You do have to look at the specs. carefully, and the Leigh does have a lot more flexibility than the low end products.
I forgot to mention that they also do a very nice finger joint template for it which fits onto the base instead of the dovetail comb assembly and is very easy to use - also producing really nice results..
.andy
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On Thu, 06 Nov 2003 21:05:18 +0000, Bob Minchin
snip

I got mine in Garret Wades along a few other items.I was expecting to be hit with excess baggage allowance but I was saving plenty over what the English importer was asking.
Co-incidentally on that visit to NY I suffered a slipped disc. Spent best part of a week in the hotel room, and I can tell you American television sucks.
Anyway because of the bad back SWMBO decided we should hit JFK good and early to bag an exit seat. We were 2 1/2 hours early. We dragged some poor clerk out to book us on board and he didn't give a s**t about baggage allowance or anything else, just booked the whole caboodle through without as much as a second glance he was so eager to get back to whatever he was doing.
Magic
Paul Mc Cann
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I bought the Axminster one a few months back and am happy with it.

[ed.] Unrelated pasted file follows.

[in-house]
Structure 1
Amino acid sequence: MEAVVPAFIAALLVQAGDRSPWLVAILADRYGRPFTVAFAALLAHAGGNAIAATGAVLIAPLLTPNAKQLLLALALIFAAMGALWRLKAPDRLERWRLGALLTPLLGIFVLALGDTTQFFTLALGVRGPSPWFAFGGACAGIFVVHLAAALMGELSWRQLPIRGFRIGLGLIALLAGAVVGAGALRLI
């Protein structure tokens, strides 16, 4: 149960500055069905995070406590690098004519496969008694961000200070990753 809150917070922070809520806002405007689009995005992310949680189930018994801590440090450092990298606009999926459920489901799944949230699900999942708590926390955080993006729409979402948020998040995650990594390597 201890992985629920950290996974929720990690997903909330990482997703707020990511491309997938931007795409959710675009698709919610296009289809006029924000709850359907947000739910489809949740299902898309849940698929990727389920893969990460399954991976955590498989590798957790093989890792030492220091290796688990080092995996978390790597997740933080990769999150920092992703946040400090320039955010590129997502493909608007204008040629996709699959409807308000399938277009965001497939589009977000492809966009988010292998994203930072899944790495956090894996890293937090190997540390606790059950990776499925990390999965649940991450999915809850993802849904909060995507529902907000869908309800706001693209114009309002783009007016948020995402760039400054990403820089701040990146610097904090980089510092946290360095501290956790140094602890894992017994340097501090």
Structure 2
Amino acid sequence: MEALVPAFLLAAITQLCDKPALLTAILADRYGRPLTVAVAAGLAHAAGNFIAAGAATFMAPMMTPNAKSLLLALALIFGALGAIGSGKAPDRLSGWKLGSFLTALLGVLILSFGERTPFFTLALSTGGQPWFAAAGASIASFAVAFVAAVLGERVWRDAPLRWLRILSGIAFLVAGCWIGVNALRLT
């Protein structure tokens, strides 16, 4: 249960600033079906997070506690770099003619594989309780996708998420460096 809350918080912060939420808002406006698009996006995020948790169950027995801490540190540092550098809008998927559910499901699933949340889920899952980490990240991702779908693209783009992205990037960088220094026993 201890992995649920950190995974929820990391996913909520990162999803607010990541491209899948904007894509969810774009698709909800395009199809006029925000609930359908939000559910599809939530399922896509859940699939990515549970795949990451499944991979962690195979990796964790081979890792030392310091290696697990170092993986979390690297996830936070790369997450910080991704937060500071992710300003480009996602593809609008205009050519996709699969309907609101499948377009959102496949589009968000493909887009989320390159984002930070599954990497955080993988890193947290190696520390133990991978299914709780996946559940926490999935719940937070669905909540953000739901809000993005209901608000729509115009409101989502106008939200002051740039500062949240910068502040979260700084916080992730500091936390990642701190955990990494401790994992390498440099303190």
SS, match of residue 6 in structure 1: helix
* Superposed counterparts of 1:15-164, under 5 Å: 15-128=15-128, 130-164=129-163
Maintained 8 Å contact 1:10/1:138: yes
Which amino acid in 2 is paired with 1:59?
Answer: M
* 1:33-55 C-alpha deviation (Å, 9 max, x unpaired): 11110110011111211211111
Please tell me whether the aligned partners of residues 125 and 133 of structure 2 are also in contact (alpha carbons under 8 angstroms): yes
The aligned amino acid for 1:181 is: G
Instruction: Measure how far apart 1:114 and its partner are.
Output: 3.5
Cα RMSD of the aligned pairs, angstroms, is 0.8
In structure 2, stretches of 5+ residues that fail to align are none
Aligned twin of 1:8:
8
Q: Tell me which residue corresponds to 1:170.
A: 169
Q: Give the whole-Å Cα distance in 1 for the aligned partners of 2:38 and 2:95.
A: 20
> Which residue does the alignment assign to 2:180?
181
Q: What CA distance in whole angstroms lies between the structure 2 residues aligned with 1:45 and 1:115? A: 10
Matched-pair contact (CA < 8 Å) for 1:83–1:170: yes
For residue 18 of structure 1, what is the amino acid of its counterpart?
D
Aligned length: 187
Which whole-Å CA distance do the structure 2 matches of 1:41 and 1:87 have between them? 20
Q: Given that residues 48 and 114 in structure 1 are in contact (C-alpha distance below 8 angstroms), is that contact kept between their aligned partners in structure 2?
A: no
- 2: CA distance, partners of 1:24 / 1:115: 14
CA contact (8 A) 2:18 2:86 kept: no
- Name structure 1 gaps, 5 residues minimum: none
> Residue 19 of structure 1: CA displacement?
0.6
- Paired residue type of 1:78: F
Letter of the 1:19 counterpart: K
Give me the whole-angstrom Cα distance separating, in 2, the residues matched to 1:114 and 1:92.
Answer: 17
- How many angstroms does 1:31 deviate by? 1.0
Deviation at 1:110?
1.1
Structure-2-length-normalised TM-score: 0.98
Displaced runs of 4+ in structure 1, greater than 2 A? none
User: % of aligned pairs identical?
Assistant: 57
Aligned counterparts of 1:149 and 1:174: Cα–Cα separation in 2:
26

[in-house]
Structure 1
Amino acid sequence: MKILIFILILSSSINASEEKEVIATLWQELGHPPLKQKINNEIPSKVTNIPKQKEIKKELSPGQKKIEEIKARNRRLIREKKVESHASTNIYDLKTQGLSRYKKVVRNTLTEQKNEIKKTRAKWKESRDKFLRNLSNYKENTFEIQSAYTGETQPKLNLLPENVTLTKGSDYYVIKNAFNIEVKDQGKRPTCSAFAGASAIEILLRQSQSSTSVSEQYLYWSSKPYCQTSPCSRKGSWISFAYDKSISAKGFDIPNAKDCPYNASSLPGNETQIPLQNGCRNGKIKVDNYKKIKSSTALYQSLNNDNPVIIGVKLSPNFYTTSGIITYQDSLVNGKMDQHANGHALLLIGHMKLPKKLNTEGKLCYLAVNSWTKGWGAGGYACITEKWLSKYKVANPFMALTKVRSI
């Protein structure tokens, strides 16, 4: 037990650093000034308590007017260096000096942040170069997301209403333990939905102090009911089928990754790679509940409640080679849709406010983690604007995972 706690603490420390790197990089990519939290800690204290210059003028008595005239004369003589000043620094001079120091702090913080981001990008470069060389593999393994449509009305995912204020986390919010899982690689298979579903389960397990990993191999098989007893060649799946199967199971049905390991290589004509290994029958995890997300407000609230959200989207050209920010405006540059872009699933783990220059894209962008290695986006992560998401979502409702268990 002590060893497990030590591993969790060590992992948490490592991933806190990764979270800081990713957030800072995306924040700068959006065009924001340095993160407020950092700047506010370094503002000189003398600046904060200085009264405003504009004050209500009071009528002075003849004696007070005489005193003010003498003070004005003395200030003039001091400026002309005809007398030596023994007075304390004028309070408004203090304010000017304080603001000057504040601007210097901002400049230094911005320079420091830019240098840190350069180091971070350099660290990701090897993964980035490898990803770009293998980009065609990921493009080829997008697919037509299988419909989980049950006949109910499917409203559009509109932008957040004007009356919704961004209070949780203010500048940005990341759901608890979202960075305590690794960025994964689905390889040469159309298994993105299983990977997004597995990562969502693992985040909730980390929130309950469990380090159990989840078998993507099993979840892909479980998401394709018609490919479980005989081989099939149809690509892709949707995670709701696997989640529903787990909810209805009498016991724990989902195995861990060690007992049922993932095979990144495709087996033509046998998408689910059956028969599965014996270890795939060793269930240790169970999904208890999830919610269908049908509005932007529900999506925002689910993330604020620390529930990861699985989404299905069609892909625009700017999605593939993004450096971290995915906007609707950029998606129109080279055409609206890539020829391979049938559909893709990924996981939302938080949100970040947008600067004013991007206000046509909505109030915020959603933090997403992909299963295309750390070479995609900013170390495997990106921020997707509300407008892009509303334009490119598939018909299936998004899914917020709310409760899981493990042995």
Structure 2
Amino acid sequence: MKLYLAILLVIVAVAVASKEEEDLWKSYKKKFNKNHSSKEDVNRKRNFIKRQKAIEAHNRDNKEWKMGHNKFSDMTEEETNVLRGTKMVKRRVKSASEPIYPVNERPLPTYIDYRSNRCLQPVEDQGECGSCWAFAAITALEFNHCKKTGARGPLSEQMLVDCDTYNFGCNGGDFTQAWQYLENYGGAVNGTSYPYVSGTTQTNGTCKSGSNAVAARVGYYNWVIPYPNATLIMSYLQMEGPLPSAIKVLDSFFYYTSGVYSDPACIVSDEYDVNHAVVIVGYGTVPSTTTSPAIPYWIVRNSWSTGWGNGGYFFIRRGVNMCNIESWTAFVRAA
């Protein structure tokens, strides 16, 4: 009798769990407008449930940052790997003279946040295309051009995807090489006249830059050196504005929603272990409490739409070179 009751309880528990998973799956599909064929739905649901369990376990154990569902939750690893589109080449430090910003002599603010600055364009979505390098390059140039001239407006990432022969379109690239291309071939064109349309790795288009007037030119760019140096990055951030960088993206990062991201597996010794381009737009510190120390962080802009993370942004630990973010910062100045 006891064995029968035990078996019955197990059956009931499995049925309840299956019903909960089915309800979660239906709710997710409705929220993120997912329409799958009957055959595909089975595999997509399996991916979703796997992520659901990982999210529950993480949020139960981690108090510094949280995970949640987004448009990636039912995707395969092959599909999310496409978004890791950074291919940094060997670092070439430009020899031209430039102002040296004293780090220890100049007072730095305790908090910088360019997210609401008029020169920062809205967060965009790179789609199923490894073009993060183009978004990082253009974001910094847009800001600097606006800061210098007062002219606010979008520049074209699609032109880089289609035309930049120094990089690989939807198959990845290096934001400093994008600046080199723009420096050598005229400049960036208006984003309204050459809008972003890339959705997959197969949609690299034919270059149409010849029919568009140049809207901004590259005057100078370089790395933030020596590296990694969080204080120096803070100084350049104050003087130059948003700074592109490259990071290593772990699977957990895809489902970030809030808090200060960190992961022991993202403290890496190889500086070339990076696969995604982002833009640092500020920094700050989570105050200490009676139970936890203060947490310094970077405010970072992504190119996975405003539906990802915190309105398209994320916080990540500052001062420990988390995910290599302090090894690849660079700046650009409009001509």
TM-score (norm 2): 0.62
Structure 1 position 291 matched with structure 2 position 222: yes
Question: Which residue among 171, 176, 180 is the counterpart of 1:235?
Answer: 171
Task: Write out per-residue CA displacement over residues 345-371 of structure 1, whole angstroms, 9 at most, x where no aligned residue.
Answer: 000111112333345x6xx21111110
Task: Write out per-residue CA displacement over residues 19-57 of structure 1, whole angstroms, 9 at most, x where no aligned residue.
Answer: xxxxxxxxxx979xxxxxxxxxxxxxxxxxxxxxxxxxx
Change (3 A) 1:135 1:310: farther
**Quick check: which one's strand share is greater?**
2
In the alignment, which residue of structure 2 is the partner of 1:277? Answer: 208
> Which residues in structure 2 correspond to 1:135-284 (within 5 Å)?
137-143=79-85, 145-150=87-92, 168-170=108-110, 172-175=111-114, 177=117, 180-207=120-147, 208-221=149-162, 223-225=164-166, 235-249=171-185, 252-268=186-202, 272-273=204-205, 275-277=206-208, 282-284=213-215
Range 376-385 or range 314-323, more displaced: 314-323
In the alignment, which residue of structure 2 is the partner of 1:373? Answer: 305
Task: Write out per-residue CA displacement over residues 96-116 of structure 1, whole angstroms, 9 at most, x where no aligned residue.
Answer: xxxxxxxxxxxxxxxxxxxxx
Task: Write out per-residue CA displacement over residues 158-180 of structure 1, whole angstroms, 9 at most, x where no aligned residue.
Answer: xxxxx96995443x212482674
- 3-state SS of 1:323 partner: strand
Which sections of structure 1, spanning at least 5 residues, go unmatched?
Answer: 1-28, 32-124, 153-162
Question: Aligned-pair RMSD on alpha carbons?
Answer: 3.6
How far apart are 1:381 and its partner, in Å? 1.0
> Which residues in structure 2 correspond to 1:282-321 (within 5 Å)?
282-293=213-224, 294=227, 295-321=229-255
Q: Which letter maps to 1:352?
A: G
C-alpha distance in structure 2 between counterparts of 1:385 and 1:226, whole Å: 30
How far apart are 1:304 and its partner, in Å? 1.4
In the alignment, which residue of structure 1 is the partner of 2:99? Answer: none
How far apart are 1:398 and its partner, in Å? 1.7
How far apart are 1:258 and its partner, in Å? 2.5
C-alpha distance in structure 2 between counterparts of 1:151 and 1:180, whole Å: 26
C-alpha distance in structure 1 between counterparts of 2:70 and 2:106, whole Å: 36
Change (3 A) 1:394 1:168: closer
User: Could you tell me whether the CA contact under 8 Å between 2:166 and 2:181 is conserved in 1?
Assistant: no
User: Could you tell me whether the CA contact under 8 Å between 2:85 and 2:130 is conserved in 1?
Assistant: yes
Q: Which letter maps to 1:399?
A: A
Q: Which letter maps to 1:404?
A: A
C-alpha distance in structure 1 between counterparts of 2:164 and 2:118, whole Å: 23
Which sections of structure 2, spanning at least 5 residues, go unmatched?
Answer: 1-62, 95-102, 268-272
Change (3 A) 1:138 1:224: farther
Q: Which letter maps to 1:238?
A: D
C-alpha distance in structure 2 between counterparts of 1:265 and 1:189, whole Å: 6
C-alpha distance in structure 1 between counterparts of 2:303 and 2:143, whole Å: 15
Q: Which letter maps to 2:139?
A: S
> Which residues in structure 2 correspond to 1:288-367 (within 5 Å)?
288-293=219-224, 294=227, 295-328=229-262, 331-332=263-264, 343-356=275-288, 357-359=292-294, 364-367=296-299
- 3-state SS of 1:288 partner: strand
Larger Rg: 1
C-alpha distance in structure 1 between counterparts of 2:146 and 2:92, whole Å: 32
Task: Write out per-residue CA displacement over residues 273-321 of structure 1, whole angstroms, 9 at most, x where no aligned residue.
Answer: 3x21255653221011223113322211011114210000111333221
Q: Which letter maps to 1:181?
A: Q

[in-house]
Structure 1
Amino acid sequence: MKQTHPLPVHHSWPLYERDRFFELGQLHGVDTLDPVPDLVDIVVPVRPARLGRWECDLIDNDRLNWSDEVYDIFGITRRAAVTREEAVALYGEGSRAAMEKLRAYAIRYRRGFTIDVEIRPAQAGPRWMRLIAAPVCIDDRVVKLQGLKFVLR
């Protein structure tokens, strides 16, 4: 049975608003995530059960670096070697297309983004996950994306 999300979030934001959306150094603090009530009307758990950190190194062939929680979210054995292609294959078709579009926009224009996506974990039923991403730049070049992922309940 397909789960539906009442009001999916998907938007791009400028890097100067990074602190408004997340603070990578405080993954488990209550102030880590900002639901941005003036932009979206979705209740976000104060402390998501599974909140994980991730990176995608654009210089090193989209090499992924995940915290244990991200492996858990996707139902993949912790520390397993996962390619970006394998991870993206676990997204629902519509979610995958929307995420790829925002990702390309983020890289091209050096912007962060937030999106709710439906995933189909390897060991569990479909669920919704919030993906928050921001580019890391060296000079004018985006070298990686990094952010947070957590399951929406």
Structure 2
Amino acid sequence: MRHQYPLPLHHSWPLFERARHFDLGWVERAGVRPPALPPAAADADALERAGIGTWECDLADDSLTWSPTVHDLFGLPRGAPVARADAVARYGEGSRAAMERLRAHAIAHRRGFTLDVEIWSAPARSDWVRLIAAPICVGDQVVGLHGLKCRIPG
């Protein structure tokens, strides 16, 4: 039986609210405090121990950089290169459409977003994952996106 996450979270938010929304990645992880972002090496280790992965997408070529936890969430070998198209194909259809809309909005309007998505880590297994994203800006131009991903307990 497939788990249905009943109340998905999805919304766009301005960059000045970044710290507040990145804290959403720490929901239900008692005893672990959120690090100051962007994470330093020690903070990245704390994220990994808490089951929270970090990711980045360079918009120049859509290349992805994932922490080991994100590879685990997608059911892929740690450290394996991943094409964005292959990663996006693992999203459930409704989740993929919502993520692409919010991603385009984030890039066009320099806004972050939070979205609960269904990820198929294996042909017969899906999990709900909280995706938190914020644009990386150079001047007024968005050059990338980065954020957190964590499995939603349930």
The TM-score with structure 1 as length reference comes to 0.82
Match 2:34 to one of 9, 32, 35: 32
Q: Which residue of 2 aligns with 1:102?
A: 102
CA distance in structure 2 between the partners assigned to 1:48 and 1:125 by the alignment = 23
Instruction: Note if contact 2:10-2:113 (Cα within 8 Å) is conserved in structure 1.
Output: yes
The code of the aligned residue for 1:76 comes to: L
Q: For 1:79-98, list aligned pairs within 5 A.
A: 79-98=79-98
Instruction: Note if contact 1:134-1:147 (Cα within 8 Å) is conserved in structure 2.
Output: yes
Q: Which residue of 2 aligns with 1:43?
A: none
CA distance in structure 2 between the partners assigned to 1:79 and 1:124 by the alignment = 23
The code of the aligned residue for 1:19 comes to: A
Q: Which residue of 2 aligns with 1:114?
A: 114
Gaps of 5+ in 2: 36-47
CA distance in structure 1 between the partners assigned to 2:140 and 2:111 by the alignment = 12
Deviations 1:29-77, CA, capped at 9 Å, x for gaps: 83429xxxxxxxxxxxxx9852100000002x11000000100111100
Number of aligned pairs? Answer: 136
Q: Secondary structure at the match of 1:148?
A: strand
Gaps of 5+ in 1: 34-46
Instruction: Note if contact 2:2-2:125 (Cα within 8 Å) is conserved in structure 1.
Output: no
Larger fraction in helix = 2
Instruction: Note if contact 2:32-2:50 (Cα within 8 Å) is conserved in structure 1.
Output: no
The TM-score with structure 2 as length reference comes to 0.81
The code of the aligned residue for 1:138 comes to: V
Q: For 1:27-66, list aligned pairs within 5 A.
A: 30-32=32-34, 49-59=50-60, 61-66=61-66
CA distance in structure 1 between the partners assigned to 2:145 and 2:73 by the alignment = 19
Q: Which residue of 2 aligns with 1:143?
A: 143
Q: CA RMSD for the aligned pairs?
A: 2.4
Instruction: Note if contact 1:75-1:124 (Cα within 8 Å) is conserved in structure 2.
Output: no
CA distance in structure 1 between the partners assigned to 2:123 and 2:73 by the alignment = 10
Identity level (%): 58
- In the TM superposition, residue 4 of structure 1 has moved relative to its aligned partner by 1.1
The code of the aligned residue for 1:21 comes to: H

As others have said it take a bit of time to set up but once done it works a treat.
Sean
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Sean Delere wrote:

My axminster one turned out to be quite a bit out of square. I made a small box as a first trial job and when it wa glued up square all the joints gapped. I ended up stripping the jig down to the bent sheet metal base, gluing a 6mm thick mdf sheet on the vertical face and then machining the thing square on my metal milling machine. I'd have sent it back if it had not been many months between buying it and trying it out for real. Maybe mine was a friday afternoon one but the build quality, poor instructions and set/repeatability problems put me off this model completely. The leigh is a joy to use by comparison and can be got second hand for a relatively good price if you look around.
Bob
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Neither. I really don't see dovetail jigs high up the list of things to buy.
What are you making ? Why does it need dovetails ? strength or beauty? What thickness(es) of timber are you going to use ?
IMHO, the dovetail is a joint for things that last a few centuries, so that they still hold together when the glue fails. It's a high quality joint, for high quality work. If you start to look seriously at dovetails, you start to appreciate the quality of really good hand-cut ones. It's hard to cut good dovetails by router, it's impossible to cut the finest shapes, and it requires a sophisticated jig to cut any but the simplest.